The United Nations Human Rights Council (HRC) just issued a stunning rebuke to Israel, voting through a resolution calling on the council to “urgently dispatch an independent, international commission of inquiry… to investigate all alleged violations and abuses… in the context of the military assaults on large scale civilian protests that began on 30 March 2018,” while the UN human rights chief slammed Israel’s “wholly disproportionate response.”
The UN’s top human rights body passed the resolution with 29 votes in favor, two opposed and 14 abstentions.
The two HRC members in opposition were the United States and Australia (the UK abstained), with Israel condemning the vote, which was proposed by a group of countries including Pakistan. Both the US and Israel criticized the resolution’s language for failing to mention Hamas — the militant group ruling over Gaza — which Israel blames for the scores of civilians killed during the ‘Great March of Return’ protests.
On Monday 60 Palestinians were gunned down by Israeli live fire as protesters approached the border fence area. The following day U.N. leadership issued a scathing critique of Israel’s actions, with the U.N.’s human rights commissioner identifying women, children, journalists, first responders and bystanders as among the dead. “We condemn the appalling, deadly violence in Gaza yesterday,” said Rupert Colville, spokesperson for the U.N. High Commissioner for Human Rights.
Though the U.N. commissioner acknowledged the Palestinians’ attempt to break down and damage the fence that separates Gaza and Israel, he added that this did “not amount to a threat to life or serious injury and are not sufficient grounds for the use of live ammunition.”
And a day before Friday’s HRC resolution vote Defense Minister Avigdor Liberman urged Israel to withdraw its membership in the United Nations Human Rights Council altogether, arguing that “Israel is under a double attack,” and further that, “A terror attack from Gaza and an attack of hypocrisy headed by the United Nations Human Rights Council.”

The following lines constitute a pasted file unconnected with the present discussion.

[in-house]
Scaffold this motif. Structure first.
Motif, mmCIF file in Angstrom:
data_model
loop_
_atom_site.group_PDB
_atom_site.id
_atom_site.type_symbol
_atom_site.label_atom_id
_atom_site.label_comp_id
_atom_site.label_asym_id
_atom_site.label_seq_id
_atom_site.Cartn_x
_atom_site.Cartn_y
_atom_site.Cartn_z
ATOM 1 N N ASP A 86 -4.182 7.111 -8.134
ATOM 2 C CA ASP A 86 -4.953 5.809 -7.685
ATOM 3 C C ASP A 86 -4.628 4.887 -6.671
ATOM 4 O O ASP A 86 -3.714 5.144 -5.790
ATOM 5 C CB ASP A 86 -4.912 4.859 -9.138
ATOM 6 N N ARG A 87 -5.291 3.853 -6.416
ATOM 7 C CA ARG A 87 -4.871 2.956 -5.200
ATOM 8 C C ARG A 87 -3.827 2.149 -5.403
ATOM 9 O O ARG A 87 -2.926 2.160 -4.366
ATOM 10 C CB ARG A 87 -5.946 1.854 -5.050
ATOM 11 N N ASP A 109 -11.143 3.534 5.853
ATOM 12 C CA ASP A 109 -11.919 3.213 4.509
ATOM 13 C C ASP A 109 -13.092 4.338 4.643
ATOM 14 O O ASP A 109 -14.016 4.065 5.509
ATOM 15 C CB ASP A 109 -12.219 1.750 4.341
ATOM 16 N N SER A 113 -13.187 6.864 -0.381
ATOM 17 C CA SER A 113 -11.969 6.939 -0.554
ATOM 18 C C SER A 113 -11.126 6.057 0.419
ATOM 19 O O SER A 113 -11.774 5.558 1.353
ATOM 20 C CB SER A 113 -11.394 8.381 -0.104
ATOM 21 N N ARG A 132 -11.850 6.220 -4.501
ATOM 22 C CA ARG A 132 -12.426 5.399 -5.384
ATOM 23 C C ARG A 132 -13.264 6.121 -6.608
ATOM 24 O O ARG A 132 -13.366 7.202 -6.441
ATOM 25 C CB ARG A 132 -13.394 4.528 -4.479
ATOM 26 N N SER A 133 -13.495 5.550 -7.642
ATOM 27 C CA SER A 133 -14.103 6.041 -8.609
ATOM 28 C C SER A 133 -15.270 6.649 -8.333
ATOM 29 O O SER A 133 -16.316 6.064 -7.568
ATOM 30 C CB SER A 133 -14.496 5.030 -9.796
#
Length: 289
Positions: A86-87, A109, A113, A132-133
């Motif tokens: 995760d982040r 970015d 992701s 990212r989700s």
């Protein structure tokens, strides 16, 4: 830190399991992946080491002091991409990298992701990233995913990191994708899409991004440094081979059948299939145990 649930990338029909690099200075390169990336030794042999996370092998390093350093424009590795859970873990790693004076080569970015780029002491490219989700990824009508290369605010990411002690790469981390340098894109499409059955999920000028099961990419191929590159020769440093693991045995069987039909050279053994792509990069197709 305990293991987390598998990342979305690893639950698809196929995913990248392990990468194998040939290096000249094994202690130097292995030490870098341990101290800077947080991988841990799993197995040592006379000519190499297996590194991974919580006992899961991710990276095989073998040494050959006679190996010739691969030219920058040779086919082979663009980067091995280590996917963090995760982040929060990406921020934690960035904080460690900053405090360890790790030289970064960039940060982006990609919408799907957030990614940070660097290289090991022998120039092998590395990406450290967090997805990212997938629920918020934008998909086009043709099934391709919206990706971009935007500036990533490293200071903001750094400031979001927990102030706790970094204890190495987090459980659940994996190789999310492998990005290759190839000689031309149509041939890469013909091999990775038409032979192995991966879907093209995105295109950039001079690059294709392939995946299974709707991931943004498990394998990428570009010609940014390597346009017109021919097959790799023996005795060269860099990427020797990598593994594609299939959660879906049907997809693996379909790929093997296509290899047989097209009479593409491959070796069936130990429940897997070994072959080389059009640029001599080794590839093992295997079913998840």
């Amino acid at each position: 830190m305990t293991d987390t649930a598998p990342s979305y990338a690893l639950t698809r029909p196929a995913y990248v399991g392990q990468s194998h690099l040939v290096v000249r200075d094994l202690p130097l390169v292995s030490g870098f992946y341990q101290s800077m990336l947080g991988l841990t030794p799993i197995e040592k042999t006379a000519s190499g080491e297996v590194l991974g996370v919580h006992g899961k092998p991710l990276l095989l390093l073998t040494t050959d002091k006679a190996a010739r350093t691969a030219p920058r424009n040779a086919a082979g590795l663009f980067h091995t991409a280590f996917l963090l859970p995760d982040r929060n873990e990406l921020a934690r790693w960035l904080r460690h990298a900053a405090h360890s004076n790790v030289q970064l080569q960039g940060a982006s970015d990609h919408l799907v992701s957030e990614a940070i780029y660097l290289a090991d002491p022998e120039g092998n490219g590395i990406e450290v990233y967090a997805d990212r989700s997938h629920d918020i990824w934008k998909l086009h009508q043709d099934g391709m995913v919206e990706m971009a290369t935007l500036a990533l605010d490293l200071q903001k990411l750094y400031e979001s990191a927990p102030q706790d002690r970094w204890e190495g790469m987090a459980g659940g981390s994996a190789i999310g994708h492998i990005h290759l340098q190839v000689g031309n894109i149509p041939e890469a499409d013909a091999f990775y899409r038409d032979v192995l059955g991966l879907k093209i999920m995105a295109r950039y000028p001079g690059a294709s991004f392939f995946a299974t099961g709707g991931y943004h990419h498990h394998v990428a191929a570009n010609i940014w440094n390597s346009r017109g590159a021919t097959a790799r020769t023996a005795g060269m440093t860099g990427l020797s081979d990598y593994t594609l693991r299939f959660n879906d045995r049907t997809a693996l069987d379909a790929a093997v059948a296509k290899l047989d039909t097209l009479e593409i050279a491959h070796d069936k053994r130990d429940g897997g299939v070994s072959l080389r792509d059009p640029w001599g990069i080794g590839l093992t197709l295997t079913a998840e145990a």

Throughout the mass Palestinian protest along the Gaza-Israel border, which began on March 30th, Israel has maintained its stance that Hamas is purposefully provoking the shootings, even to the point of sending children and disabled to the fence near Israeli security positions, and hiding firearms among the crowd. However, the U.N. and a number of nations that have condemned the killings — some like South Africa even recalling their ambassador — aren’t buying this as a valid explanation for the appalling death toll.
But both the Israel and the United States appear to be shrugging off the stinging rebuke — a formal resolution calling for Israel’s investigation which is somewhat rare for the council — and both countries have repeatedly accused the 47-member council of anti-Israel bias. Israeli ambassador Aviva Raz Schechter was quick to question the legitimacy of the body, calling the newly passed human rights inquiry “politically motivated and [it] won’t improve the situation on the ground by even one iota.”
The Israeli ambassador further said blamed falls exclusively on Hamas’ shoulders: “The loss of life could have been avoided had Hamas refrained from sending terrorists to attack Israel under the cover of the riots, while exploiting its own civilian population as human shields,” she said, and added further, “It is Israel, certainly not Hamas, which makes a real effort to minimize casualties among Palestinian civilians.” Schechter concluded, “It is regrettable that so many member states allow themselves to be misled by the false narrative of so-called peaceful protests.”
In addition to the 60 killed on Monday, Gaza’s Ministry of Health stated that 1,703 Palestinians were wounded by live fire during Monday’s events, which occurred the same day as the opening ceremony for the new US embassy in Jerusalem was underway, and which corresponded further with both Israel’s ‘Jerusalem Day’ festivities, and the eve of Palestinian ‘Nakba’ day.
Prior to this week’s events, the UN Office for the Coordination of Humanitarian Affairs reported that by the end of April over 40 Palestinians had been killed and 5,511 were wounded after the first full month’s protest.
Despite global outrage and demands for justice, the U.N. inquiry will be slow going and is unlikely to satisfy any party to the conflict. What the resolution describes as an “independent, international commission of inquiry” mandated by the council will not produce its final report to be placed before the Human Rights Council until next March — nearly a full year away.